By Gary Deel, Ph.D., JD
Faculty Director, School of Business, American Public University
Imagine that you are an employer in the hotel industry. Today, one of your bell services employees stops by your office to tell you that she is suing you for employment discrimination.
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Bewildered, you ask “What do you mean?! How did I discriminate against you?”
“You make me carry luggage all over the hotel every day. I am disabled, and you don’t provide me any accommodations,” she replies.
“But the requirements of this job were explained to you when you applied,” you exclaim. “You were asked if you had any limitations which would prevent you from performing these duties, and you said no!”
“I know,” she retorts. “But today, I changed my mind and decided that I am disabled. So now you are discriminating against me by not allowing me to do easier work.”
This scenario might sound absurd, and it isn’t likely to happen in the context of an employee with a disability. However, it could very well happen with respect to another protected class, and so managers should be aware of an important point of legal incongruity.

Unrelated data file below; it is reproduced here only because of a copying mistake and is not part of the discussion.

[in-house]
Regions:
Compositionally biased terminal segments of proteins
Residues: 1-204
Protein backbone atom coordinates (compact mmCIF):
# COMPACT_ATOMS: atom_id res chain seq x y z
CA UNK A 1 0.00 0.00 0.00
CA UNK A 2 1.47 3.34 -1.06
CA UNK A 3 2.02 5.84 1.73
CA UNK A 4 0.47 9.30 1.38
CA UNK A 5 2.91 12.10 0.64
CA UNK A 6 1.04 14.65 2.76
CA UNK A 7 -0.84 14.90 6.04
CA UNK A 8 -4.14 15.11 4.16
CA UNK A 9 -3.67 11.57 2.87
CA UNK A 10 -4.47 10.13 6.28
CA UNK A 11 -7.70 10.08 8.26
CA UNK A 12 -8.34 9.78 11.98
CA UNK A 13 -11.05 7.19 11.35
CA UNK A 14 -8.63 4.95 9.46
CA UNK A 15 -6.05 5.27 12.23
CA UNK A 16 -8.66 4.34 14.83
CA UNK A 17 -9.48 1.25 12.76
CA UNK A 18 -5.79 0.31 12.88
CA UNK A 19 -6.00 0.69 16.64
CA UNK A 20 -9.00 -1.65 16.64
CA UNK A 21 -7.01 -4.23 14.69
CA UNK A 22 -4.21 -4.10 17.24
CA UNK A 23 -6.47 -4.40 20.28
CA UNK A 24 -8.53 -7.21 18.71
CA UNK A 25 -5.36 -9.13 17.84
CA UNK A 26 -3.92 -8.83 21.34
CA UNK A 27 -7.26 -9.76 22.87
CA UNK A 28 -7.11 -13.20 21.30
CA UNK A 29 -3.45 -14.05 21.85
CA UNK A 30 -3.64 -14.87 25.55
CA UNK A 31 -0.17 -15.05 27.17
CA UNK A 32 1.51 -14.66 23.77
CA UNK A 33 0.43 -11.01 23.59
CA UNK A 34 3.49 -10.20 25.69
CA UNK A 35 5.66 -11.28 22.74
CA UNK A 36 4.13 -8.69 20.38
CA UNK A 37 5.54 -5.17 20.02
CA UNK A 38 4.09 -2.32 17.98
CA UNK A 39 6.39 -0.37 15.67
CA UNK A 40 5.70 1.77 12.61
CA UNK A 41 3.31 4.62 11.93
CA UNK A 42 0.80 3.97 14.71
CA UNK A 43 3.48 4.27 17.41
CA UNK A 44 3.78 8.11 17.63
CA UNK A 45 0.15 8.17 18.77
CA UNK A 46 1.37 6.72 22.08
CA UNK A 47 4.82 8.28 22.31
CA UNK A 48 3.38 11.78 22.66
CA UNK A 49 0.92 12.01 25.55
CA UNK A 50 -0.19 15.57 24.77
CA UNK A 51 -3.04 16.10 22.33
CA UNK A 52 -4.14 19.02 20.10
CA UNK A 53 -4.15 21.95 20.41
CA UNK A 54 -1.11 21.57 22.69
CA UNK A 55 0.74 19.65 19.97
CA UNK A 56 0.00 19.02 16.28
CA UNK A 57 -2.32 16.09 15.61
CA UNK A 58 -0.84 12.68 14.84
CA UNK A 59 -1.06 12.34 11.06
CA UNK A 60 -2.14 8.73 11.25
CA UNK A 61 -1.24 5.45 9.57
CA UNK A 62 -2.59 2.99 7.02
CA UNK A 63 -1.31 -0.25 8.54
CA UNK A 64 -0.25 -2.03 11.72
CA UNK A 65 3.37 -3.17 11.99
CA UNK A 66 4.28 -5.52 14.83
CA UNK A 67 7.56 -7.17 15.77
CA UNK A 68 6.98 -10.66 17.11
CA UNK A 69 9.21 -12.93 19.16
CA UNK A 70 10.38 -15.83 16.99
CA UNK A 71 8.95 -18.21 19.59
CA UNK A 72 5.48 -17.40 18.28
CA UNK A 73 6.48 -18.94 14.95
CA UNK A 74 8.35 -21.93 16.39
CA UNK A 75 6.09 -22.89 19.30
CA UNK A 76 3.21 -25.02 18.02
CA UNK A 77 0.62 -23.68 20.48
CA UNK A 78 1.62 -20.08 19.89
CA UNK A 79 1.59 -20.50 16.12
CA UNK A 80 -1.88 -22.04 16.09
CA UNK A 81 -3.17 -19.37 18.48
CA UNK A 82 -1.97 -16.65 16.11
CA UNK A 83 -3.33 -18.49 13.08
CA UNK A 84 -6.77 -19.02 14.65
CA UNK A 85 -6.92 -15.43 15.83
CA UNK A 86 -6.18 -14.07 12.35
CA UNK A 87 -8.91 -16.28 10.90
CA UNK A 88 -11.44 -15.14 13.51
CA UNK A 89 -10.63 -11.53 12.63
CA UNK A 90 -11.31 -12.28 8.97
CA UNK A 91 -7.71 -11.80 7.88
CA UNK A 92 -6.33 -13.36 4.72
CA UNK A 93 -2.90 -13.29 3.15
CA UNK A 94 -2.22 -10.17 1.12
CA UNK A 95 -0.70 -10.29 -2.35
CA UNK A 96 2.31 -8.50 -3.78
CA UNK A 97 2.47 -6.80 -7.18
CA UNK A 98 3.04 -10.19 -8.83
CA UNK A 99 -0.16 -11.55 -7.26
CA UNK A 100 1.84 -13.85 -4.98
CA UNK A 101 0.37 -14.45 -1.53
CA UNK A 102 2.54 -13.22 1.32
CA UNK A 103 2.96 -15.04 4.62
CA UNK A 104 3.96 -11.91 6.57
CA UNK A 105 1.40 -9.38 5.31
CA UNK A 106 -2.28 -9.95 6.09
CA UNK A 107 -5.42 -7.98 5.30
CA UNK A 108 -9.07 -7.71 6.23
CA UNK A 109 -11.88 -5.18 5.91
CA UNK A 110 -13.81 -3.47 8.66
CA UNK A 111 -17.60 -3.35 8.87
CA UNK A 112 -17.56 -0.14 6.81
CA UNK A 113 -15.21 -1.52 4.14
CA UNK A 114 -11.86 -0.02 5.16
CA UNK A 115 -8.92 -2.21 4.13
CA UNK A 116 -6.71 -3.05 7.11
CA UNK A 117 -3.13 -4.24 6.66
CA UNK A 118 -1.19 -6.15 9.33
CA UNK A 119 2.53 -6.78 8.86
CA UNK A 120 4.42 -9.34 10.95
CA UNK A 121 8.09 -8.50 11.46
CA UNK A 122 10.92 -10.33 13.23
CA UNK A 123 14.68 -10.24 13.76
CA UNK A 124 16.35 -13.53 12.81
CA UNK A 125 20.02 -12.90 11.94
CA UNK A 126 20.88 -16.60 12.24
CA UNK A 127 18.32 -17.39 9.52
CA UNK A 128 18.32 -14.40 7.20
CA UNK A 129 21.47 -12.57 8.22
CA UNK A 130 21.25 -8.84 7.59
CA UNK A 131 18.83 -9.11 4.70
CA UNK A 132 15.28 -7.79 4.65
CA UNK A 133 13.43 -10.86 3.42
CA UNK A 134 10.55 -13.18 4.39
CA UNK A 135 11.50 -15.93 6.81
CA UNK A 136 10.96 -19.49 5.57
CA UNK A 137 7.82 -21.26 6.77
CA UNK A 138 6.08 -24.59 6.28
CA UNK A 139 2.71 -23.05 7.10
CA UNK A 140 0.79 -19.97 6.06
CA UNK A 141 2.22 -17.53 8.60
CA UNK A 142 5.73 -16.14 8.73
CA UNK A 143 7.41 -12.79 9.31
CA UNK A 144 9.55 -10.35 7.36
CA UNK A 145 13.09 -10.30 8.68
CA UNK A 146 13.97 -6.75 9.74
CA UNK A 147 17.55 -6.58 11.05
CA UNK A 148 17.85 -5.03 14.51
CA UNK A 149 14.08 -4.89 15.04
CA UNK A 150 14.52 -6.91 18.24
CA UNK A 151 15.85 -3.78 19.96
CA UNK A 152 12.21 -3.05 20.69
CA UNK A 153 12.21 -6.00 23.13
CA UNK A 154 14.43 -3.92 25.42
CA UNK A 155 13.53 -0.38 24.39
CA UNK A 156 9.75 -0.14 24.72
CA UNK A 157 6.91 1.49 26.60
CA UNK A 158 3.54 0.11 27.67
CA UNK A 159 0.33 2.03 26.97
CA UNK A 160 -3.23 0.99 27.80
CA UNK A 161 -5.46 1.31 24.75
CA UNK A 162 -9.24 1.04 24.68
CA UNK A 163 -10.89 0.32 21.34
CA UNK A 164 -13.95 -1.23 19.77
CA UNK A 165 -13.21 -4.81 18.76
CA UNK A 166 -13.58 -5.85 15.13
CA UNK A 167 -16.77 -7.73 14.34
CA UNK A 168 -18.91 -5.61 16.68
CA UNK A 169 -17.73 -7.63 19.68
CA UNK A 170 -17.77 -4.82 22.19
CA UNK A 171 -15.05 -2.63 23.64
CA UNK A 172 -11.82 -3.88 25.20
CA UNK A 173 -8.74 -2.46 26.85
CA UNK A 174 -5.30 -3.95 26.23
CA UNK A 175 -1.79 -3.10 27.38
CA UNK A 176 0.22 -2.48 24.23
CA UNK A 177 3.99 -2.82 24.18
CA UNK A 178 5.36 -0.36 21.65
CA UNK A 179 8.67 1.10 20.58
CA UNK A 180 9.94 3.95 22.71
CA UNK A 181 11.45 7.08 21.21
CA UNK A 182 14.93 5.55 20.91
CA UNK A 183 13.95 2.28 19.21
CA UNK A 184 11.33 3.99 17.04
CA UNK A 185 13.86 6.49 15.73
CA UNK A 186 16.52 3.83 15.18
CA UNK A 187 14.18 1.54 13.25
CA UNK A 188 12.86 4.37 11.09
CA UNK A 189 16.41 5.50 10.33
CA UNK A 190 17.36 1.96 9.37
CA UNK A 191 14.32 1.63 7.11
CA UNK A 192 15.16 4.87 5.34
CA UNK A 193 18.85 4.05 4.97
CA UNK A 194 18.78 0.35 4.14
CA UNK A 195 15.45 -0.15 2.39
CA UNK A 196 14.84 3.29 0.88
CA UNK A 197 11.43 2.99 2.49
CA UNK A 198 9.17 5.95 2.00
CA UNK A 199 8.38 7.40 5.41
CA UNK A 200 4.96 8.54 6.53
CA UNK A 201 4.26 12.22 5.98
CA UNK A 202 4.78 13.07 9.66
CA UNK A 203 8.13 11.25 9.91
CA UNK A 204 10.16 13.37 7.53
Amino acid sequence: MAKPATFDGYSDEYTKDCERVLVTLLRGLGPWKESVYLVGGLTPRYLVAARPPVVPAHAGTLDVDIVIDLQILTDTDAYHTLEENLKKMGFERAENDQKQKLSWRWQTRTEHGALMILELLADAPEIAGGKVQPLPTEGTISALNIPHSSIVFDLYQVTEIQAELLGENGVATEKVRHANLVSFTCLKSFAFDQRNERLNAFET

The Laws Defining Protected Classes
In the United States, federal labor legislation prohibits discrimination in employment based on a variety of protected classes. This legal movement began with the Civil Rights Act of 1964, which prohibited discrimination based on the characteristics of race (to include ethnicity), color, national origin, sex and religion. Age was later added in 1967 through the Age Discrimination in Employment Act (though only for those 40 years of age or older). And disability was added in 1990 through the Americans with Disabilities Act.